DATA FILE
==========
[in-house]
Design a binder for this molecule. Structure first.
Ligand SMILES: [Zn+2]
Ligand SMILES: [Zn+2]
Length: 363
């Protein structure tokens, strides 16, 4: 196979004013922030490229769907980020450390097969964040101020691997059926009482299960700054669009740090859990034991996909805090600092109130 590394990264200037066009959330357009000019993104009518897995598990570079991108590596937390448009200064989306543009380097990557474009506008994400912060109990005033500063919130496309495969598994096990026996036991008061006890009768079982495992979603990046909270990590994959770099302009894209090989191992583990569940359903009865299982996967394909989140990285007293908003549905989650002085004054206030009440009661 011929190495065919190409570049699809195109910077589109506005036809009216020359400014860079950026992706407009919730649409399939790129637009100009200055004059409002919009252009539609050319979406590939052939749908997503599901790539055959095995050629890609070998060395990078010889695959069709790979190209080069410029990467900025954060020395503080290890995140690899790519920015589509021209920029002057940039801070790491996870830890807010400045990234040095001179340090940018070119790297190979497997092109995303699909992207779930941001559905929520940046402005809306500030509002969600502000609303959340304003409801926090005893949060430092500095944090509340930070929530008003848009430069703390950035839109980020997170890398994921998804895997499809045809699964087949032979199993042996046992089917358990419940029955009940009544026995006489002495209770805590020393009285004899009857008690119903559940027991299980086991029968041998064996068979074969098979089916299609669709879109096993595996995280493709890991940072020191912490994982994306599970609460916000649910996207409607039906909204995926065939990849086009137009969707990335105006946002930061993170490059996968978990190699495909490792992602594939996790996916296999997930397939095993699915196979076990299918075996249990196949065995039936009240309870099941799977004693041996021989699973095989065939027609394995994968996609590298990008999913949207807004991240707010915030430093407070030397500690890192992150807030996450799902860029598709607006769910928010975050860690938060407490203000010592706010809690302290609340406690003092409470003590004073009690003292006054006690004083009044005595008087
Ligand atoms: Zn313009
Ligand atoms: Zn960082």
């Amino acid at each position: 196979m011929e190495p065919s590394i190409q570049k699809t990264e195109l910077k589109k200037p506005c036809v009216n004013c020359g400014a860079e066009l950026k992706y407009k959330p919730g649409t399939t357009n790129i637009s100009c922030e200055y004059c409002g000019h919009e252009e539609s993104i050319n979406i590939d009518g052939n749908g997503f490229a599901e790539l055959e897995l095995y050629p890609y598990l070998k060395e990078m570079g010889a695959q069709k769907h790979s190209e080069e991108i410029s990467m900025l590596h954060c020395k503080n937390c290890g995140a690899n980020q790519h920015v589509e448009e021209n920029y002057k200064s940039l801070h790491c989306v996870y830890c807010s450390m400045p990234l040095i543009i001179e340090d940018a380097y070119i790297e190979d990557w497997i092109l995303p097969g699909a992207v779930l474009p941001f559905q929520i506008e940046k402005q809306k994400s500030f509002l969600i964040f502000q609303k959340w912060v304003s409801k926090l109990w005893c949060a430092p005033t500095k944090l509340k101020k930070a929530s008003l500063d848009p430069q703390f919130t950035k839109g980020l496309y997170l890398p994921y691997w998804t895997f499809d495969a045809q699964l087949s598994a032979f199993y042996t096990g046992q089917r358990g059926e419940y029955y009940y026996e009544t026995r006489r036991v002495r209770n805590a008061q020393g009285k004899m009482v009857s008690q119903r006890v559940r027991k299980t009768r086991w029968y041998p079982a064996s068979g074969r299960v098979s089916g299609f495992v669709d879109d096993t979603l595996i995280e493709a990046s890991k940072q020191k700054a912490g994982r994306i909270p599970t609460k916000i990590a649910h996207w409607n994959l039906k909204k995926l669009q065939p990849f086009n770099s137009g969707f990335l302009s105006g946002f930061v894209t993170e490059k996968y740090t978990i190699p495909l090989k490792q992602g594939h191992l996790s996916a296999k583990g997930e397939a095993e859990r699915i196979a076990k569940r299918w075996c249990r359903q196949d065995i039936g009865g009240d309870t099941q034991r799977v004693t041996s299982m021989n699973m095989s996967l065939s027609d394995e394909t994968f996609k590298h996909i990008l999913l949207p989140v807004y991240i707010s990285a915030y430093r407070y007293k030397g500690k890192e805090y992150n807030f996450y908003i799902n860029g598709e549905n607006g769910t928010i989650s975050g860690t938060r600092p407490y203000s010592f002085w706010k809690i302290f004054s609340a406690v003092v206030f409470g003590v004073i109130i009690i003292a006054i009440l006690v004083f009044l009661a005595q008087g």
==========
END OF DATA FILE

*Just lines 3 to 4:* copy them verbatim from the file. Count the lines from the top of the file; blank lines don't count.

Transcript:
Ligand SMILES: [Zn+2]
Ligand SMILES: [Zn+2]